Summit County conveys responsibility of shooting range to local nonprofit
Ryan Summerlin January 17, 2014
Summit COunty Public Shooting Range
The Summit County Commission approved an agreement Tuesday giving the Summit Range Association responsibility of day-to-day operations over the Summit County Public Shooting Range.
The fee free community amenity boasts three public facilities, including:
• A 50-yard pistol and rimfire range
• A 100-yard rifle and shotgun range
• A shotgun trap shooting range featuring three clay throwers
— The range is free to the public and open year-round. Winter hours, from November to March, are 7 a.m. to 5 p.m. Summer hours, from April to October, are 7 a.m. to 8 p.m.
— For more information, visit www.summitrange.org.
The nonprofit Summit Range Association on Tuesday, Jan. 14, took the latest in a series of steps toward oversight of the Summit County Public Shooting Range when the Board of County Commissioners approved an agreement conveying daily operational responsibilities to the group.
The Range Association, which was established to address growing trash and safety concerns at the shooting range, has enjoyed a number of milestones in its little more than two years of existence, said board president Brian Denison.
In addition to formally organizing as a Colorado nonprofit in November 2012, a team of five board members and countless volunteers have cleaned up and improved the range by constructing shooting benches and target stands, drafting safety rules and regulations — which were adopted by the county last year — and successfully acquiring two grants in 2013 — one from the Friends of the NRA and one from Colorado Parks and Wildlife.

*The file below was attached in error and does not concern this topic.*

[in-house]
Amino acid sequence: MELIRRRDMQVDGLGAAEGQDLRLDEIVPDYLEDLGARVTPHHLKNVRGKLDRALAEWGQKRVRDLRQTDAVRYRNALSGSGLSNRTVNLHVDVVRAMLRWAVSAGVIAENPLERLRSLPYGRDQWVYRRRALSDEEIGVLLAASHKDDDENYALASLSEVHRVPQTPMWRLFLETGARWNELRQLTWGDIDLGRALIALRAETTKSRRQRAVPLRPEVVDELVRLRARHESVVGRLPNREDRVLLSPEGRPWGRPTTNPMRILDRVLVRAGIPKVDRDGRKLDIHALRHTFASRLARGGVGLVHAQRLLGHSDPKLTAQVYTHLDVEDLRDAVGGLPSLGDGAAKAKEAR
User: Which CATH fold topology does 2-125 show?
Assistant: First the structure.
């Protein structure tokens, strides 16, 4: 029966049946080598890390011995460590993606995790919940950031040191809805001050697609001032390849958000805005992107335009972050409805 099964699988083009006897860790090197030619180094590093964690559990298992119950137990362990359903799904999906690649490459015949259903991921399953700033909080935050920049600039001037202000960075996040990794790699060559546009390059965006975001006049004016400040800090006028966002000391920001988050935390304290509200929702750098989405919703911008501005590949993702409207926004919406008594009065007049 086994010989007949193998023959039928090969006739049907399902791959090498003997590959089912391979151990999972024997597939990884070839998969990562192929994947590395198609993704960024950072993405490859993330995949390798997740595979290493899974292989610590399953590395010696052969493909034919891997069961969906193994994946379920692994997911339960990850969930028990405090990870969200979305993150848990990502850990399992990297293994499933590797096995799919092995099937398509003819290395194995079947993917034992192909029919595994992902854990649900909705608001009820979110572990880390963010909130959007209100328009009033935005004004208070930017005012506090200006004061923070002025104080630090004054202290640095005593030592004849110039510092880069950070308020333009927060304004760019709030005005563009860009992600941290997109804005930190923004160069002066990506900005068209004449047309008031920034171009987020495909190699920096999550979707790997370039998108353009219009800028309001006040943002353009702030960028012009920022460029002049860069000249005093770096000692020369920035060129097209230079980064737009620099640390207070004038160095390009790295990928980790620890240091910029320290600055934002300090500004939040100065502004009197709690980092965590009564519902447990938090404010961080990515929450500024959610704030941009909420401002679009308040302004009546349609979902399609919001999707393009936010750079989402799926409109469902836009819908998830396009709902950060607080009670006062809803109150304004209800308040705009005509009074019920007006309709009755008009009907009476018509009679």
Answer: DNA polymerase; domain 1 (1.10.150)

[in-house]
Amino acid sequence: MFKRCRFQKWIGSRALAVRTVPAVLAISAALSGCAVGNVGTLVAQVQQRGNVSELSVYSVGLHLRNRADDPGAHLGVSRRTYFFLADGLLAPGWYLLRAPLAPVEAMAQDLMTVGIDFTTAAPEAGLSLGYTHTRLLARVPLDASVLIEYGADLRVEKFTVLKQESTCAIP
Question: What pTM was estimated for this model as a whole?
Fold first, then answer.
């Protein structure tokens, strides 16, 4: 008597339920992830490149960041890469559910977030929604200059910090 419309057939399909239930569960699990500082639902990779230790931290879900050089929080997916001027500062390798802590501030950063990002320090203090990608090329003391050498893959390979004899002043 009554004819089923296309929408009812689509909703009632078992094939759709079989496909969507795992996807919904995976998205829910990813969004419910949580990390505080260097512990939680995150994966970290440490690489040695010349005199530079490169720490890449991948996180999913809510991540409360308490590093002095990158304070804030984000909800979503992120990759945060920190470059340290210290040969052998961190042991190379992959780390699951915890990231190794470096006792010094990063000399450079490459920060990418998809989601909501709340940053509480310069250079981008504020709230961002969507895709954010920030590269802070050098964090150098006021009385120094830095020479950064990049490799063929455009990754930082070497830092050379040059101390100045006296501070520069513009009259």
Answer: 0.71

The CPW grant, totaling $100,000, is scheduled for allocation this year and the Summit Range Association has plans to install men’s and women’s vaulted toilets and to pour concrete under the range’s shooting benches to make it easier to clean spent brass.
The Range Association also features a National Rifle Association-certified chief range safety officer and a teamm of other safety officers to promote safe gun-handling practices.
‘seriously rockin’ it’
Thad Noll, assistant Summit County manager, said it didn’t take a lot of convincing to get the county commissioners to back the agreement in light of all of the Range Association’s accomplishments in a short period of time.
“We’re thrilled we were able to find this group that was willing to take on this project and manage the shooting range in a way that benefits the county and local shooters,” Noll said. “This is another great example of users taking responsibility of an amenity they enjoy, making it better for everyone and they’re seriously rockin’ it.”
Denison and his band of hunters and target shooters are excited about the new responsibility of maintaining the range as a fee-free amenity not only for the county’s residents, but also for its visitors.
Last year, board members hosted three groups of first-time shooters at the range; one was a group of women who were in town from Oklahoma, Denison said.
In addition to those rare out-of-state visitors, Denison said at least half of the shooters at the range come from Denver and the Front Range, where indoor shooting ranges can be expensive.
“As a group we think it’s terrific and we’re excited about the agreement with the county because it formalizes what we have been doing up to this point,” he said. “We get a tremendous amount of support from the entire county and we’re excited to expand our events and introduce shooting to even more first-timers in the future.”
The shooting range is located at 639 County Road 66, above the Summit County Landfill, in Dillon. The shooting range is free to the public. Donations are accepted on-site and online at www.summitrange.org.
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